• Four reasons to use Google Scholar:
    • As a search tool, in conjunction with discipline specific databases like Education Source and ERIC
    • To find the full text of articles
    • To see who has cited a relevant article - Cited By - which can lead to more recent articles on a topic
    • Locate an article using the DOI (digital object identifer).  Enter the identifer:  10.3402/edui.v5.23417  (don't include "DOI")
  • Best practices when using Google Scholar:
    • Use Google Scholar via the library homepage.  Entering on the homepage will ensure you are not prompted to pay for articles to which the library subscribes.
    • Use Advanced Search to refine your search by date, author, phrase and more

Finding Dissertations

As you are researching topics you will discover a variety of literature, including articles, books, dissertations, conference reports, government documents, and more. 

If your goal is to limit your search to the dissertation literature, see the options below. 
Note:  There is not a single resource in which all dissertations are indexed and freely available.

ASU and other UNC school dissertations:

~  From ~ 2010 - present, search NC Docks

To find ASU dissertations:  Limit to ASU, Limit to Type, and Doctoral Dissertations.


Proquest's Dissertation and Thesis Open (PQDT Open) database provides the full text of open access dissertations and theses -- free of charge. 

~  Search by topic or see the other search options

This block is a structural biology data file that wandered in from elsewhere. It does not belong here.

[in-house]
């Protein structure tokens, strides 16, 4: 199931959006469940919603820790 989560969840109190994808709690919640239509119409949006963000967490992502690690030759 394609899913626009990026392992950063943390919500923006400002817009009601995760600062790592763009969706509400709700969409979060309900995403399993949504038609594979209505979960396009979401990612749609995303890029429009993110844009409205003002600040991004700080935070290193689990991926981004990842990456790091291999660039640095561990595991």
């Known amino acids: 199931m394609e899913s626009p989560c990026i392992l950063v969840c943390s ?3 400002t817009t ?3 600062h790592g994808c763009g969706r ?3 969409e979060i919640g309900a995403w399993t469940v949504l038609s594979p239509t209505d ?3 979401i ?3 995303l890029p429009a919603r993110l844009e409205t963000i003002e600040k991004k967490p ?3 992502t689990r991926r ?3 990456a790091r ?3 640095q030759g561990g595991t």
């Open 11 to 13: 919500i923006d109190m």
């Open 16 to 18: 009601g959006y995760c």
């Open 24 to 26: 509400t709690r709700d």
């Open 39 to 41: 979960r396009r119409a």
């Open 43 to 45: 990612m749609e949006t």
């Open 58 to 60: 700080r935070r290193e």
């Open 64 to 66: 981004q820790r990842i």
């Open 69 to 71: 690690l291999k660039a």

~  Open Access full-text dissertations display in the search results


ERIC database -  There is a option to Limit by Publication Type and the search results will then display only dissertations.

~  Enter your topic search
~  Select Dissertations/Theses - Doctoral Dissertations OR one of the other choices from the Pub Type listing.
~  Consider if you want to also select Full Text. If you do not need full text immediately, you can use ILLiad to request a dissertation via interlibrary loan.
~  The results page provides citations & abstracts.  Those available full text will have links, Full Text from ERIC.

WorldCat - contains worldwide library records, can Limit by Publication Type and Internet Resources

~  Search for:  Enter a topic search
Limit type to:   Internet Resources
Subtype limits:   Any Content  >>  select Thesis/dissertation from the drop down menu
~  The results page will provide dissertation citations & abstracts.  Some of the Access links will be to full-text dissertations, abstracts only, or commercial pay sites


Purchasing a dissertation is an option via ProQuest Order a Dissertation

Tutorials & Handouts

Staying Organized

When you are involved in a lengthy research project you will want to stay organized. 

Useful strategies can include:

  • Starting with a concept map to visually explore topic.
  • Using a research strategy worksheet to explore terms and strategies.
  • Keeping track of what you have searched and in what databases/resources:
    • Create a research log -- use Word or similar. 
      • It is useful to note:  database/search engine used, terms searched, etc.
      • Sample:   Library Research Log      (Template developed by Ms. Glenn Ellen Starr-Stilling)
  • Using Zotero or similar citation management software to capture citations, pdfs, create bibliographies and more.
  • Creating a source matrix which allows you to summarize key facts and then review them in summary form.